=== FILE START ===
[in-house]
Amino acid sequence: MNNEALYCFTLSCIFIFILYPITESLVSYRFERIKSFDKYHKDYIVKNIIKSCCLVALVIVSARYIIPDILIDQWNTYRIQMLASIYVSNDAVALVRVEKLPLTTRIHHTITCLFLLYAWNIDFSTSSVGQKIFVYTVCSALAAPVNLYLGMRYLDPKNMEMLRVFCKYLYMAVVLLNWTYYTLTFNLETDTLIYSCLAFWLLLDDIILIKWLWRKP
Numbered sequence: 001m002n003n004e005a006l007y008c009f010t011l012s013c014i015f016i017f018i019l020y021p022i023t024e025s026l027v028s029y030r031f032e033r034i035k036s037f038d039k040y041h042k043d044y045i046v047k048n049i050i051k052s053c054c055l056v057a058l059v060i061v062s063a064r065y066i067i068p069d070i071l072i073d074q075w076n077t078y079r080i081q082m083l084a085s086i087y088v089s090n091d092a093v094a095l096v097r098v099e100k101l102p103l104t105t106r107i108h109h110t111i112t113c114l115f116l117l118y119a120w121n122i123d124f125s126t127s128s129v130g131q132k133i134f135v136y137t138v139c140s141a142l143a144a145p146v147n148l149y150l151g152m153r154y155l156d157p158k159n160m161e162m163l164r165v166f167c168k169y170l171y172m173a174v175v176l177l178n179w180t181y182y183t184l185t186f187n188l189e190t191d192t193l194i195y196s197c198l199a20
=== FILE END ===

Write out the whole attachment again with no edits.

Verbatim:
[in-house]
Amino acid sequence: MNNEALYCFTLSCIFIFILYPITESLVSYRFERIKSFDKYHKDYIVKNIIKSCCLVALVIVSARYIIPDILIDQWNTYRIQMLASIYVSNDAVALVRVEKLPLTTRIHHTITCLFLLYAWNIDFSTSSVGQKIFVYTVCSALAAPVNLYLGMRYLDPKNMEMLRVFCKYLYMAVVLLNWTYYTLTFNLETDTLIYSCLAFWLLLDDIILIKWLWRKP
Numbered sequence: 001m002n003n004e005a006l007y008c009f010t011l012s013c014i015f016i017f018i019l020y021p022i023t024e025s026l027v028s029y030r031f032e033r034i035k036s037f038d039k040y041h042k043d044y045i046v047k048n049i050i051k052s053c054c055l056v057a058l059v060i061v062s063a064r065y066i067i068p069d070i071l072i073d074q075w076n077t078y079r080i081q082m083l084a085s086i087y088v089s090n091d092a093v094a095l096v097r098v099e100k101l102p103l104t105t106r107i108h109h110t111i112t113c114l115f116l117l118y119a120w121n122i123d124f125s126t127s128s129v130g131q132k133i134f135v136y137t138v139c140s141a142l143a144a145p146v147n148l149y150l151g152m153r154y155l156d157p158k159n160m161e162m163l164r165v166f167c168k169y170l171y172m173a174v175v176l177l178n179w180t181y182y183t184l185t186f187n188l189e190t191d192t193l194i195y196s197c198l199a20